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The edifice complex is alive and well in Silicon Valley, as Apple’s new solar-powered spaceship campus is expected to cost 66 percent more than initially planned, and Apple’s move-in date has been pushed back a year.
Costs have ballooned since the full plans for Steve Jobs’ anticipated $3 billion futuristic office building were published by Cupertino’s city council, according to a new report from BusinessWeek. And as previously reported, the move-in date has been pushed back again from 2015 to 2016.
This is a project that Apple cannot cancel, for two good reasons, but it is also a project that is a massive problem for the leadership of the Cupertino company.
Apple seems under constant sales, revenue, and market share pressure, which has pushed its share price down hundreds of dollars and its market capitalization down hundreds of billions of dollars, so building a massive and incredibly expensive monument in which to work seems like the wrong focus.
In other words, it has bad optics.
But Apple can’t cancel the project because this is its spiritual leader’s legacy. It’s the building that Steve Jobs helped design and the building he said he hoped architecture students the world over would come to see and learn from. As such, canceling the project would be brand suicide.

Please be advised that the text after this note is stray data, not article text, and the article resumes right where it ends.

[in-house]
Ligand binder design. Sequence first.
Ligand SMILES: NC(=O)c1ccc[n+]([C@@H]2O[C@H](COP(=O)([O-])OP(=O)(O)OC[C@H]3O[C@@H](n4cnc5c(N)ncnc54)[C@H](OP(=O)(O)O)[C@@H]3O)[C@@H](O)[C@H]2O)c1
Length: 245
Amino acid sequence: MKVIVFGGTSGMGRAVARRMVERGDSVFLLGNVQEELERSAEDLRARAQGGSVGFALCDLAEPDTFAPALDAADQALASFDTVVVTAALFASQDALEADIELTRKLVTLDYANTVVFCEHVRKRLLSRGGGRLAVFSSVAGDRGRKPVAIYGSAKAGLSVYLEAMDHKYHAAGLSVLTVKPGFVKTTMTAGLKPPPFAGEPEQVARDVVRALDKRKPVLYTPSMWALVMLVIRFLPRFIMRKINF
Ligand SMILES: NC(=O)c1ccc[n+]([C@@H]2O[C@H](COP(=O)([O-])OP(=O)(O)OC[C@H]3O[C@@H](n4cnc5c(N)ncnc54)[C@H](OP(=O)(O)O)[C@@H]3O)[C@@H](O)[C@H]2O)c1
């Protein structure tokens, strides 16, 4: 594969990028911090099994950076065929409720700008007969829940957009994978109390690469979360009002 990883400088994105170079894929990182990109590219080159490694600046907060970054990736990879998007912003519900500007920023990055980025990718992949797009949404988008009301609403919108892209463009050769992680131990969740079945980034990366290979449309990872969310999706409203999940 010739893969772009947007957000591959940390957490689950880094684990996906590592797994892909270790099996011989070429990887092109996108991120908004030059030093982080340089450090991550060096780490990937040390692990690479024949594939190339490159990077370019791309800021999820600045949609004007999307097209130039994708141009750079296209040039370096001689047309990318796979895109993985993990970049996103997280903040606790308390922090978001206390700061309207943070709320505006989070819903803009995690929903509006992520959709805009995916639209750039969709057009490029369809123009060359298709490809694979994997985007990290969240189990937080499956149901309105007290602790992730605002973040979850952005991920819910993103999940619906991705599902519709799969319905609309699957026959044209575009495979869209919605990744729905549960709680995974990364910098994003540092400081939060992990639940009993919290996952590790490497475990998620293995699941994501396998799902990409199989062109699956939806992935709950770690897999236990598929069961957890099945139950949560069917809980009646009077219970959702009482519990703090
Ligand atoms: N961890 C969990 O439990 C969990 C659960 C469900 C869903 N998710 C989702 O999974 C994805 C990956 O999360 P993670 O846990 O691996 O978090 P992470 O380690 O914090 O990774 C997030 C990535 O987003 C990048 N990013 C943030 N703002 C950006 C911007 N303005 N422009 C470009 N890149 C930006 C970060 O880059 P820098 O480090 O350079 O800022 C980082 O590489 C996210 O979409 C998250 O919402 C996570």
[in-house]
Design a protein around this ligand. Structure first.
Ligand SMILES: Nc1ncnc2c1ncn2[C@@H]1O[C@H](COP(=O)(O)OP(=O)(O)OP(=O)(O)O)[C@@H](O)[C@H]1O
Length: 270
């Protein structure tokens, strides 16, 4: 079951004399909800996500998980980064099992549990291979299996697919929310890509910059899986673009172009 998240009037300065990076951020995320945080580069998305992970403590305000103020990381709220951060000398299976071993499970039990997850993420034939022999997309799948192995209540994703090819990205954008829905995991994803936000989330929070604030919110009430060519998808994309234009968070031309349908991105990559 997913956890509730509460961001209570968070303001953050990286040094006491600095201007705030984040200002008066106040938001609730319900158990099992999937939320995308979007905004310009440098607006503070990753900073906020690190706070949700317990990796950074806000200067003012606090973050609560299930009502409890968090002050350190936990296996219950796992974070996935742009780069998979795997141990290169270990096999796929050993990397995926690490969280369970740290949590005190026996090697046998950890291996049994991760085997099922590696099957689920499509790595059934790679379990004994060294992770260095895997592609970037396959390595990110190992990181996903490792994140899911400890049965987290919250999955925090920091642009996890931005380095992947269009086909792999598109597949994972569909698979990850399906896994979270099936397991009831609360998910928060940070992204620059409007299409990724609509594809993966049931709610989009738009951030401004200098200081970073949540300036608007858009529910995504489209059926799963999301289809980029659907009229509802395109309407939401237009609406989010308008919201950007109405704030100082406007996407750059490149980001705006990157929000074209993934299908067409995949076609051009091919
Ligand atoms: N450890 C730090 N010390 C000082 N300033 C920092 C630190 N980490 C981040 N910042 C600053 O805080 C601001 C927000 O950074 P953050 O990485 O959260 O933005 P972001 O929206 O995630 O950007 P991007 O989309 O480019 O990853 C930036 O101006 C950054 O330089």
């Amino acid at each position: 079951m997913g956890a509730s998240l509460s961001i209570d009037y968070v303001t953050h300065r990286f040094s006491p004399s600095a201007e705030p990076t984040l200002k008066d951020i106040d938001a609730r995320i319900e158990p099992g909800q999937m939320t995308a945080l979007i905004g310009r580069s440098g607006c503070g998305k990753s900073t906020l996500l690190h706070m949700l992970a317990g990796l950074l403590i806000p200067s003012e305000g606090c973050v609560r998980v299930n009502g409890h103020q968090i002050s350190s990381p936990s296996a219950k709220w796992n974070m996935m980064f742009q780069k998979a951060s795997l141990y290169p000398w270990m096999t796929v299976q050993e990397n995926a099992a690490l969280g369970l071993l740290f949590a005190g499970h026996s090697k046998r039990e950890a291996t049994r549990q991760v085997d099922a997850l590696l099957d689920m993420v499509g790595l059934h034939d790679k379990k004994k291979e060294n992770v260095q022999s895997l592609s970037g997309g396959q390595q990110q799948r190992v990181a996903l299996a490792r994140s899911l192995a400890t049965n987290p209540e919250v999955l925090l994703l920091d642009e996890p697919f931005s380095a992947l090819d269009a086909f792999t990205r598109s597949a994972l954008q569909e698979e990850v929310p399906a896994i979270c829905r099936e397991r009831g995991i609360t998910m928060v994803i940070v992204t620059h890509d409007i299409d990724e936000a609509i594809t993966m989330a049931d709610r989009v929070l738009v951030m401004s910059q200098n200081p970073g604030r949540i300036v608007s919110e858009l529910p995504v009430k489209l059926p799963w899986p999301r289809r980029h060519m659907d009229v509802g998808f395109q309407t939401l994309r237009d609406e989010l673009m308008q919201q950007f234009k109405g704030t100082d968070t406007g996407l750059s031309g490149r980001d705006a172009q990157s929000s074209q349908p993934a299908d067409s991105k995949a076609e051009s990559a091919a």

And Apple can’t cancel the project because it absolutely needs the space. Head count has grown from just 10,000 in 2002 to over 50,000 in the U.S. alone, and Apple has been leasing buildings and building satellite campuses to house all those workers.
So the company is looking to shave a billion dollars from the cost, BusinessWeek says, by being a little less detail-oriented about the fit and finish of the building, which was to have been built to iPhone-level quality standards.
The question is, does that cut also compromise part of Steve Jobs’ legacy.
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